Commercial Timbers


H. G. Richter and M. J. Dallwitz

Dactylocladus stenostachys Oliv. (Jongkong)

Nomenclature etc. MELASTOMATACEAE. Trade and local names: jongkong (ID, MY. Not protected under CITES regulations.

Description based on 3 specimens. Tree. Geographic distribution: Indomalesia.

General. Growth ring boundaries indistinct or absent. Heartwood basically brown, without streaks. Sapwood colour similar to heartwood colour. Odour indistinct or absent. Density 0.41–0.61 g/cm³. Heartwood pinkish to red brown, often with dark flecks.

Vessels. Vessels present. Wood diffuse-porous. Vessels arranged in no specific pattern, in multiples, commonly short (2–3 vessels) radial rows. Vessel outline angular. Two distinct vessel diameter classes absent. Vessels mostly solitary. Average tangential vessel diameter 120–200–260 µm; diameter of vessel lumina: large and very large. Average number of vessels/mm² 2–6; vessels per square millimetre very few. Perforation plates simple. Intervessel pits alternate, average diameter (vertical) 6–12 µm, medium, vestured. Vessel-ray pits with distinct borders, similar to intervessel pits and different from intervessel pits, of two distinct sizes or types in the same ray cell, of the same type in adjacent elements, located throughout the ray. Ray-vessel pits often elongated horizontally. Helical thickenings absent. Tyloses in vessels absent. Other deposits in heartwood vessels not observed.

Tracheids and fibres. Vascular or vasicentric tracheids sporadic to absent. Fibres very thin-walled and of medium wall thickness. Fibre pits common in both radial and tangential walls, distinctly bordered. Helical thickenings absent. Fibres non-septate. Fibres partly with conspicuously bordered pits.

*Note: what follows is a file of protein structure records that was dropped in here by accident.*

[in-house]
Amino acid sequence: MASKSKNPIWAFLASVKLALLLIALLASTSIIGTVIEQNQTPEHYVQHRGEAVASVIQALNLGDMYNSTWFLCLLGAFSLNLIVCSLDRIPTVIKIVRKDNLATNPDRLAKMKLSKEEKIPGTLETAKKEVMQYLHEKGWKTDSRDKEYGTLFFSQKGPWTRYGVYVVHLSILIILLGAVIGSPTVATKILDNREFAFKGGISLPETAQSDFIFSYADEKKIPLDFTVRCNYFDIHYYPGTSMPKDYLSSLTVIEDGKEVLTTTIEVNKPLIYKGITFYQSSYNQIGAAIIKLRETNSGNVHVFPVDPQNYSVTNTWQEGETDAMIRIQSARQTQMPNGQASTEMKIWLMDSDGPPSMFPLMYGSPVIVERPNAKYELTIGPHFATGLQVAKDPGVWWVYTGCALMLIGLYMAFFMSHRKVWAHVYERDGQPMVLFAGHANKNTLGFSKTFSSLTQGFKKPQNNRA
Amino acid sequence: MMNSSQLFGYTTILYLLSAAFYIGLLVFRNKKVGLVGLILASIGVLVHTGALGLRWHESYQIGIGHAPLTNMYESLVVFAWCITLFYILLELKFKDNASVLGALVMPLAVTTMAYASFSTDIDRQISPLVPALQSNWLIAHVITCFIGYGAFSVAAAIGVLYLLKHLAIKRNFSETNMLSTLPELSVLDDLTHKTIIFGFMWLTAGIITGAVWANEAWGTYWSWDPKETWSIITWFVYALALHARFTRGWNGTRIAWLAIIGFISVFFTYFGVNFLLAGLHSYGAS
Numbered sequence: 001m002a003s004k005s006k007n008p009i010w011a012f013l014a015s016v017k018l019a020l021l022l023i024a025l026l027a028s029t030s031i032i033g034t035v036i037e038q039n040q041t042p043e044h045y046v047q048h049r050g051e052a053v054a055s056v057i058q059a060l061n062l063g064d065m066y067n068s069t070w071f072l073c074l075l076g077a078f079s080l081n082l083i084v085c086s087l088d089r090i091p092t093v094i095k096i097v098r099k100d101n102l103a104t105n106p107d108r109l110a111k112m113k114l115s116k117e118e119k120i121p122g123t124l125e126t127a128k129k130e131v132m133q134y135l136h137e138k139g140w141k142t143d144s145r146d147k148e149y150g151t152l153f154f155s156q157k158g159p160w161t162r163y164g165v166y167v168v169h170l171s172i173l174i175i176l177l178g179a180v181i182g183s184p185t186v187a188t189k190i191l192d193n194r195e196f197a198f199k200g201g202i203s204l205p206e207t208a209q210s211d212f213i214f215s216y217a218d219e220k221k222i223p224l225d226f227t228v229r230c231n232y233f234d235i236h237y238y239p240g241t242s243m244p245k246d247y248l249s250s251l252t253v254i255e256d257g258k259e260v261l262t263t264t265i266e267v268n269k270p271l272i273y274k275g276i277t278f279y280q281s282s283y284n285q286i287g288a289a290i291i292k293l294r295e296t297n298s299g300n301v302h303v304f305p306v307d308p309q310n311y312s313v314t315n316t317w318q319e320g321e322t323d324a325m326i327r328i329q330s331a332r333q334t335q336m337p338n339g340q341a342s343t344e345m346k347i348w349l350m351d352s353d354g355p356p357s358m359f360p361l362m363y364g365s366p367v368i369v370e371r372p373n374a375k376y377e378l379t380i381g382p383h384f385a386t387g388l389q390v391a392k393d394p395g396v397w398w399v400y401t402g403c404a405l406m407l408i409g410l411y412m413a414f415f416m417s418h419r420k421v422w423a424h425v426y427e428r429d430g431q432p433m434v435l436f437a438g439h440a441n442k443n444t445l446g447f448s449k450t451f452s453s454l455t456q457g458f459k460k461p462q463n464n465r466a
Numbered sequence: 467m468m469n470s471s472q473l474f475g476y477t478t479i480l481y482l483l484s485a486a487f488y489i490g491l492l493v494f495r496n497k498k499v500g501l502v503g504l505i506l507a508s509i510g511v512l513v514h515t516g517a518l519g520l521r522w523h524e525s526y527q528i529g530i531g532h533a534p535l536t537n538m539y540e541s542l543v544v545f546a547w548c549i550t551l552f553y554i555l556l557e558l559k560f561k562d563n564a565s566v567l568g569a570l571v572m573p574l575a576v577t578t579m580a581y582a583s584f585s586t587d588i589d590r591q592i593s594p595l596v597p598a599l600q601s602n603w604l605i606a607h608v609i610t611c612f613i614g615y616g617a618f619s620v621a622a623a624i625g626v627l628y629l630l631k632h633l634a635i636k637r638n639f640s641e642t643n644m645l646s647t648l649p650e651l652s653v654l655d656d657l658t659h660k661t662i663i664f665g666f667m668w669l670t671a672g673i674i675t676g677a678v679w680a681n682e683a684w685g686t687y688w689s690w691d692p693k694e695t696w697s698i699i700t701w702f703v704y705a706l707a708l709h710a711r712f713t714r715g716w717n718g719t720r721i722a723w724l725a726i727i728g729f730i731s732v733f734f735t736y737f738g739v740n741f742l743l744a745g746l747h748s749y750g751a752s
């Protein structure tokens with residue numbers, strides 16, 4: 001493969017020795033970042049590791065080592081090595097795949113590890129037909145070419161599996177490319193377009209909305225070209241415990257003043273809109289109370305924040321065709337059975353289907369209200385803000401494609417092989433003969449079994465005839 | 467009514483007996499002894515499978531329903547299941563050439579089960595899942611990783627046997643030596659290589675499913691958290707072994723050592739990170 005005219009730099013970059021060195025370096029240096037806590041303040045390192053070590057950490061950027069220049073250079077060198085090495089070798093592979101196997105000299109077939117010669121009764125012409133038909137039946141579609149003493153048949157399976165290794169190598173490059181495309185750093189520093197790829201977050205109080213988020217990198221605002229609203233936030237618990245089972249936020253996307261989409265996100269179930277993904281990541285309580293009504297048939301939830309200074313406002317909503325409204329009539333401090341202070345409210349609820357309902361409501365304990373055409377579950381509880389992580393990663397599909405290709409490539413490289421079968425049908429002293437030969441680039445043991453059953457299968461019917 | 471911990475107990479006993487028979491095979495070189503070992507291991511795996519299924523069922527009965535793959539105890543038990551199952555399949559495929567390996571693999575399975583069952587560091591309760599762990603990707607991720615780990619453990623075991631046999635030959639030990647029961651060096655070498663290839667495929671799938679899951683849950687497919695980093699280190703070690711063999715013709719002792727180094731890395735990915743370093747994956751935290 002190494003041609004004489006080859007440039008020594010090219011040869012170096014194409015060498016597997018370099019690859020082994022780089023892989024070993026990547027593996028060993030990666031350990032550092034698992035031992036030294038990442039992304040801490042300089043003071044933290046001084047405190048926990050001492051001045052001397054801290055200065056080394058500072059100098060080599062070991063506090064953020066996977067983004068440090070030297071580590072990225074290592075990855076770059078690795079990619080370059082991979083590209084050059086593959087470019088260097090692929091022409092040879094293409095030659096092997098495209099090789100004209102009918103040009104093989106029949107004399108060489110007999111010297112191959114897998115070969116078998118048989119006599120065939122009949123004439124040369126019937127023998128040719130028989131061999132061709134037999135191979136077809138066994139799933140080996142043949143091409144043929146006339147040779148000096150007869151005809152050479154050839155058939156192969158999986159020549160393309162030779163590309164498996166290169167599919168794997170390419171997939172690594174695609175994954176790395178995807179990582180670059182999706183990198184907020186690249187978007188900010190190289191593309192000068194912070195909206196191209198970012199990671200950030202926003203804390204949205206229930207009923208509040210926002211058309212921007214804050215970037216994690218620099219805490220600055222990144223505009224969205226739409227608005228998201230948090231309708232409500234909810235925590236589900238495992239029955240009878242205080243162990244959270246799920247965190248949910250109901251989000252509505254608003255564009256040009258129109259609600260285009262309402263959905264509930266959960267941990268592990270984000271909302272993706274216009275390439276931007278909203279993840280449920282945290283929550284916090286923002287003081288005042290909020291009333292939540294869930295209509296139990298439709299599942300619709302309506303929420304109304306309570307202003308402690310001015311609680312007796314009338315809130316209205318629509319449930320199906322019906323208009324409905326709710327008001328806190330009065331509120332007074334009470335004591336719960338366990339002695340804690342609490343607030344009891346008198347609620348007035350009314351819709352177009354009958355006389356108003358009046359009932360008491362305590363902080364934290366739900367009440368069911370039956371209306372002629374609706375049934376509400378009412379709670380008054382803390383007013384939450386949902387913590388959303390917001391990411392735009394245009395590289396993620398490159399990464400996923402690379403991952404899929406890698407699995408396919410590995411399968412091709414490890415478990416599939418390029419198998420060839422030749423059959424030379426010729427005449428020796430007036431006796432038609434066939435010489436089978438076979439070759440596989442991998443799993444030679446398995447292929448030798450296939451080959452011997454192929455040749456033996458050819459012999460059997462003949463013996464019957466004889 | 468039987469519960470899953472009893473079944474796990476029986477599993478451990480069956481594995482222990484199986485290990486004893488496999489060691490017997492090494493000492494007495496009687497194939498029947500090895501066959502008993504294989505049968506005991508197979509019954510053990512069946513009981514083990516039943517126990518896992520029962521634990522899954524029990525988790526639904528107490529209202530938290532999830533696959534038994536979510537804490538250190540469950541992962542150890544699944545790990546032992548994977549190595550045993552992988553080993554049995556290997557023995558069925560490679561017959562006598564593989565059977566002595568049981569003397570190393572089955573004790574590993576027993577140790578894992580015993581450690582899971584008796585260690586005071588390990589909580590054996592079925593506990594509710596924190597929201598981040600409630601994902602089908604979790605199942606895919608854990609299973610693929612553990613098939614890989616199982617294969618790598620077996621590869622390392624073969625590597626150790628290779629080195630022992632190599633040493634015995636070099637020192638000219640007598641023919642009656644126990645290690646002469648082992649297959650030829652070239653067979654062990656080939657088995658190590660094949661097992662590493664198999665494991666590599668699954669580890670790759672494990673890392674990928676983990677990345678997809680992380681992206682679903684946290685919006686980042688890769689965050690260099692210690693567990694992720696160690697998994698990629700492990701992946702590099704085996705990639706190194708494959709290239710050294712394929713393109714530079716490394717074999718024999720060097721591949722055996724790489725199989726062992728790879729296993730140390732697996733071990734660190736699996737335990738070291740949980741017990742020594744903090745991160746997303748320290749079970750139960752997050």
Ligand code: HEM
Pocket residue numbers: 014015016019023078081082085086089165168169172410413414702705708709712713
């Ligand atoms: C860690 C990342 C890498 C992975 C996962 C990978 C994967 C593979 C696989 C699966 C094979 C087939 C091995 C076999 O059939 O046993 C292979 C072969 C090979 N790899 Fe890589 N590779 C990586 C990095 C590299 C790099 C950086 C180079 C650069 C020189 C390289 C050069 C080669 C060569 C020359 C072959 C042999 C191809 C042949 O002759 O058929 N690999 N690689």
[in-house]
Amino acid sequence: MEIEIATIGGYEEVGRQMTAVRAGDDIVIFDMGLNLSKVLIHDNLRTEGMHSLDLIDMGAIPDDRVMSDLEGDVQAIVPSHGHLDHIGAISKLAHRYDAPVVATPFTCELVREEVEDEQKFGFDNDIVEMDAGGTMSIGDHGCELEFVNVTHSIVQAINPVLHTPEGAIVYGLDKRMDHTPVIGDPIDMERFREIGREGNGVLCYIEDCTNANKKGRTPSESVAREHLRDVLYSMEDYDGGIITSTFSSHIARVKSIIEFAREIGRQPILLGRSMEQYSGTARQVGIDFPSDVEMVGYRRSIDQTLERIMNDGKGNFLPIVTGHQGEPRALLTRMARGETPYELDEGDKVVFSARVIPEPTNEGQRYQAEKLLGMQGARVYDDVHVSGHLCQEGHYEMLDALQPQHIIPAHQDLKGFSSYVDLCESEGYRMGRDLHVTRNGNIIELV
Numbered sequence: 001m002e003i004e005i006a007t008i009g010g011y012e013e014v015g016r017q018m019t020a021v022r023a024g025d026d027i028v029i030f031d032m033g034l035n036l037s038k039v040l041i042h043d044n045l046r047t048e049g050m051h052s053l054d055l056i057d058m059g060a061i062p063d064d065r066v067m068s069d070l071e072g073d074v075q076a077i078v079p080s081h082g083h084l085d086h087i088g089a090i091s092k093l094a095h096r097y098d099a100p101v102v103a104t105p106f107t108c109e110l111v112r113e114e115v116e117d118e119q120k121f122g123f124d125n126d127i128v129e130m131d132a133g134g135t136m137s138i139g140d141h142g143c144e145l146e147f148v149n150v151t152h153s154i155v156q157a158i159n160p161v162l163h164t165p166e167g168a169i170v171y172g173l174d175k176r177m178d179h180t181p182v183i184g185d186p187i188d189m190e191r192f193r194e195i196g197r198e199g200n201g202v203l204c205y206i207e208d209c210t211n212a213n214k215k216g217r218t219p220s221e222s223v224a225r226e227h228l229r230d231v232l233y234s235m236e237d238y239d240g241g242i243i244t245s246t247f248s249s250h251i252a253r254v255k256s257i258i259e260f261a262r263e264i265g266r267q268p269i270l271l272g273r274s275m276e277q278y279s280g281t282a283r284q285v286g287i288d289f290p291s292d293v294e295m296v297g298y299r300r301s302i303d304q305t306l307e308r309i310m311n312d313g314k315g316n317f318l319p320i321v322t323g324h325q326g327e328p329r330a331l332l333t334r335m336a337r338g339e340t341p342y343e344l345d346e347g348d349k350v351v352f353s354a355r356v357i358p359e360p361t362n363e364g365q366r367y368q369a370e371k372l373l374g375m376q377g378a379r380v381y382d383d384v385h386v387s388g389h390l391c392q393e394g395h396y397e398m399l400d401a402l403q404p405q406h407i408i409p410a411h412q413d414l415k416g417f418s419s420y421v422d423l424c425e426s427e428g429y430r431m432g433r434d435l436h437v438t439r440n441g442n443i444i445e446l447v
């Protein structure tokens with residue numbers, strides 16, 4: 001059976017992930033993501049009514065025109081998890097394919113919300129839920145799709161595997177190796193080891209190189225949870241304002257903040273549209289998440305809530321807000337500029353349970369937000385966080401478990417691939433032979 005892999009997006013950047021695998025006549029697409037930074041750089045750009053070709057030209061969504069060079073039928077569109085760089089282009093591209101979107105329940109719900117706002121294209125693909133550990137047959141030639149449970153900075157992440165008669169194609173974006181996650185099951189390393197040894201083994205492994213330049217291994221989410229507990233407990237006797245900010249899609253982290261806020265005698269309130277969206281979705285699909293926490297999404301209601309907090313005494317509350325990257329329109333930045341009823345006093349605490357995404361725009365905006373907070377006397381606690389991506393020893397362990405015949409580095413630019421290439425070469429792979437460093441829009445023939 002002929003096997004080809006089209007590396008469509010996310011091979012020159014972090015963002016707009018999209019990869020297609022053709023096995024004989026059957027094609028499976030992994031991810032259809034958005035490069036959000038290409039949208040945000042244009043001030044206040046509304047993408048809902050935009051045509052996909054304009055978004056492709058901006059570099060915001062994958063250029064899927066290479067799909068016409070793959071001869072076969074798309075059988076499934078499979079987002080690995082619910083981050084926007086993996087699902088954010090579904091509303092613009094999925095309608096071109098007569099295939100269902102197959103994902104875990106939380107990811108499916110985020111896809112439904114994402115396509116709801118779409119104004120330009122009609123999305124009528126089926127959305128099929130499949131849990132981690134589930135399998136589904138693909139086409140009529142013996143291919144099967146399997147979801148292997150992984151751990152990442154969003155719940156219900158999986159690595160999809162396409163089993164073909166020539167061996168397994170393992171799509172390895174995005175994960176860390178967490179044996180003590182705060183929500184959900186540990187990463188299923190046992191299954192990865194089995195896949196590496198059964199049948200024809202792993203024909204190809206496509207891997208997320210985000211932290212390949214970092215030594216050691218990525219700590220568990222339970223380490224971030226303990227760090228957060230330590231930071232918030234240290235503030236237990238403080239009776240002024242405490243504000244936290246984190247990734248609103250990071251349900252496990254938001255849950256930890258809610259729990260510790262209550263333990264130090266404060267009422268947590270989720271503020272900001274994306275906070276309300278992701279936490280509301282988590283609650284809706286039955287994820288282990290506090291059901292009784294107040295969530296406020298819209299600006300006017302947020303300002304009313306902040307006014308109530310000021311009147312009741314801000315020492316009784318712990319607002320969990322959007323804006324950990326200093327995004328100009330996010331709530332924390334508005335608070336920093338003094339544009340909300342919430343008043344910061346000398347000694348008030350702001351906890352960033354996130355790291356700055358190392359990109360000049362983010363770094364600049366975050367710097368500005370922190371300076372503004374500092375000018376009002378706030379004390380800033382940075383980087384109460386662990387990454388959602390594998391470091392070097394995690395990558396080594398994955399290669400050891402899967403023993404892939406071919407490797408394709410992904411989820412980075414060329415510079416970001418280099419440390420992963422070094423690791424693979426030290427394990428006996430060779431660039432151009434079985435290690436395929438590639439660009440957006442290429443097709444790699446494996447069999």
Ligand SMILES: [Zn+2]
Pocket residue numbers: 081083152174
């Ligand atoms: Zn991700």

Axial parenchyma. Axial parenchyma present, not banded. Axial parenchyma paratracheal. Paratracheal axial parenchyma vasicentric, aliform, and confluent. Aliform parenchyma winged. Axial parenchyma as strands. Average number of cells per axial parenchyma strand 6–8. Unlignified parenchyma absent.

Rays. Rays present, 8–12 per tangential mm, exclusively uniseriate. Aggregate rays absent. Rays of one size. Height of large rays commonly 500 to 1000 µm. Rays composed of a single cell type (homocellular); homocellular ray cells procumbent. Tile cells absent. Perforated ray cells absent. Disjunctive ray parenchyma end walls indistinct or absent.

Storied structures. Storied structure absent.

Secretory structures. Oil and mucilage cells absent. Intercellular canals present, radial type. Laticifers or tanniniferous tubes present. With large radial breakdown areas within some rays (no intercellular canals!) which appear on tangential surfaces as dark, lenticular flecks or holes, often visible to the naked eye.

Cambial variants. Included phloem absent. Other cambial variants absent.

Mineral inclusions. Crystals not observed. Cystoliths absent. Silica not observed.

Physical and chemical tests. Heartwood not fluorescent. Water extract not fluorescent; basically colourless to brown or shade of brown. Heartwood extractives not leachable by water. Ethanol extract not fluorescent. Colour of ethanol extract colourless to brown or shade of brown. Chrome azurol-S test negative. Froth test negative. Splinter burns to partial ash. Ash white to grey.

Illustrations. • Transverse section. Dactyloclados stenostachys. • Tangential section. Dactyloclados stenostachys. • Radial section. Dactyloclados stenostachys. • Breakdown area. Dactyloclados stenostachys. Radial breakdown area as seen in tangential section.

The interactive key allows access to the character list, illustrations, full and partial descriptions, diagnostic descriptions, differences and similarities between taxa, lists of taxa exhibiting specified attributes, summaries of attributes within groups of taxa, and geographical distribution.

Cite this publication as: ‘Richter, H.G., and Dallwitz, M.J. 2000 onwards. Commercial timbers: descriptions, illustrations, identification, and information retrieval. In English, French, German, Portuguese, and Spanish. Version: 25th June 2009.’.